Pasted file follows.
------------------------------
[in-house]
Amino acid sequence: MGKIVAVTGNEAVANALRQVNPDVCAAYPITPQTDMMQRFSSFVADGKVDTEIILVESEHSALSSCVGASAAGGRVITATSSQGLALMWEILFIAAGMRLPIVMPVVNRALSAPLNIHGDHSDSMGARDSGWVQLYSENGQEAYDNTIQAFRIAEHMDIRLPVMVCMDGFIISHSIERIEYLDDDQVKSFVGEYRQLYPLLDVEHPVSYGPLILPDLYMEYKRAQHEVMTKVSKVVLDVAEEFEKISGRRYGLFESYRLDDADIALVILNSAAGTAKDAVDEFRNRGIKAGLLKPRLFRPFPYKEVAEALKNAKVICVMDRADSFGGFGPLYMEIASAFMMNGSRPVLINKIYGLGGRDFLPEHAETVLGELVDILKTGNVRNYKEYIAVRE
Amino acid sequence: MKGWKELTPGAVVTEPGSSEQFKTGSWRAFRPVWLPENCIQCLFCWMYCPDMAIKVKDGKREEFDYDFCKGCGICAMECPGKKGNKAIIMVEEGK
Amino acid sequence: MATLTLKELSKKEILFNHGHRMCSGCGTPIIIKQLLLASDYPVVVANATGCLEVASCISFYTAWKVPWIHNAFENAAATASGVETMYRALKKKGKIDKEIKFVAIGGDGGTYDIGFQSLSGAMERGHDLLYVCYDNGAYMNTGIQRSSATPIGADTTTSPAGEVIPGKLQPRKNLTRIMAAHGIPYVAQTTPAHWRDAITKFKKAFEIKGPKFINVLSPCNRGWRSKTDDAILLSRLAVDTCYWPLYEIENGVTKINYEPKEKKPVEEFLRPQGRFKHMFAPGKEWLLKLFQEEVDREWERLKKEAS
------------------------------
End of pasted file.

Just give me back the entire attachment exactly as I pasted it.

[in-house]
Amino acid sequence: MGKIVAVTGNEAVANALRQVNPDVCAAYPITPQTDMMQRFSSFVADGKVDTEIILVESEHSALSSCVGASAAGGRVITATSSQGLALMWEILFIAAGMRLPIVMPVVNRALSAPLNIHGDHSDSMGARDSGWVQLYSENGQEAYDNTIQAFRIAEHMDIRLPVMVCMDGFIISHSIERIEYLDDDQVKSFVGEYRQLYPLLDVEHPVSYGPLILPDLYMEYKRAQHEVMTKVSKVVLDVAEEFEKISGRRYGLFESYRLDDADIALVILNSAAGTAKDAVDEFRNRGIKAGLLKPRLFRPFPYKEVAEALKNAKVICVMDRADSFGGFGPLYMEIASAFMMNGSRPVLINKIYGLGGRDFLPEHAETVLGELVDILKTGNVRNYKEYIAVRE
Amino acid sequence: MKGWKELTPGAVVTEPGSSEQFKTGSWRAFRPVWLPENCIQCLFCWMYCPDMAIKVKDGKREEFDYDFCKGCGICAMECPGKKGNKAIIMVEEGK
Amino acid sequence: MATLTLKELSKKEILFNHGHRMCSGCGTPIIIKQLLLASDYPVVVANATGCLEVASCISFYTAWKVPWIHNAFENAAATASGVETMYRALKKKGKIDKEIKFVAIGGDGGTYDIGFQSLSGAMERGHDLLYVCYDNGAYMNTGIQRSSATPIGADTTTSPAGEVIPGKLQPRKNLTRIMAAHGIPYVAQTTPAHWRDAITKFKKAFEIKGPKFINVLSPCNRGWRSKTDDAILLSRLAVDTCYWPLYEIENGVTKINYEPKEKKPVEEFLRPQGRFKHMFAPGKEWLLKLFQEEVDREWERLKKEAS